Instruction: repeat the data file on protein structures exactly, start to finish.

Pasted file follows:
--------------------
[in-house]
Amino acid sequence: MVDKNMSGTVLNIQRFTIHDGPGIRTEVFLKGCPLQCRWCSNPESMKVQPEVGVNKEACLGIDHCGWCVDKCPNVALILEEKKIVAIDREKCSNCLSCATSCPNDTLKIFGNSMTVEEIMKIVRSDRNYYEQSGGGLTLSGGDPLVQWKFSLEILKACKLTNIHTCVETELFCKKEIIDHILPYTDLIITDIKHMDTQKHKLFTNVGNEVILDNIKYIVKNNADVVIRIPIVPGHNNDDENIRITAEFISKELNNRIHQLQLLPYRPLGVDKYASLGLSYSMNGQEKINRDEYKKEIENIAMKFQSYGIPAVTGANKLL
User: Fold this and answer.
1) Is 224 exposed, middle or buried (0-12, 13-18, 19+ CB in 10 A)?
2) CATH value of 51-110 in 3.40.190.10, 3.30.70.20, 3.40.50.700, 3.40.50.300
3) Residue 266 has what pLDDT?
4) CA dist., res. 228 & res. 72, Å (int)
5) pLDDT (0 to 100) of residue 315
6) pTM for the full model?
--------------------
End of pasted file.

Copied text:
[in-house]
Amino acid sequence: MVDKNMSGTVLNIQRFTIHDGPGIRTEVFLKGCPLQCRWCSNPESMKVQPEVGVNKEACLGIDHCGWCVDKCPNVALILEEKKIVAIDREKCSNCLSCATSCPNDTLKIFGNSMTVEEIMKIVRSDRNYYEQSGGGLTLSGGDPLVQWKFSLEILKACKLTNIHTCVETELFCKKEIIDHILPYTDLIITDIKHMDTQKHKLFTNVGNEVILDNIKYIVKNNADVVIRIPIVPGHNNDDENIRITAEFISKELNNRIHQLQLLPYRPLGVDKYASLGLSYSMNGQEKINRDEYKKEIENIAMKFQSYGIPAVTGANKLL
User: Fold this and answer.
1) Is 224 exposed, middle or buried (0-12, 13-18, 19+ CB in 10 A)?
2) CATH value of 51-110 in 3.40.190.10, 3.30.70.20, 3.40.50.700, 3.40.50.300
3) Residue 266 has what pLDDT?
4) CA dist., res. 228 & res. 72, Å (int)
5) pLDDT (0 to 100) of residue 315
6) pTM for the full model?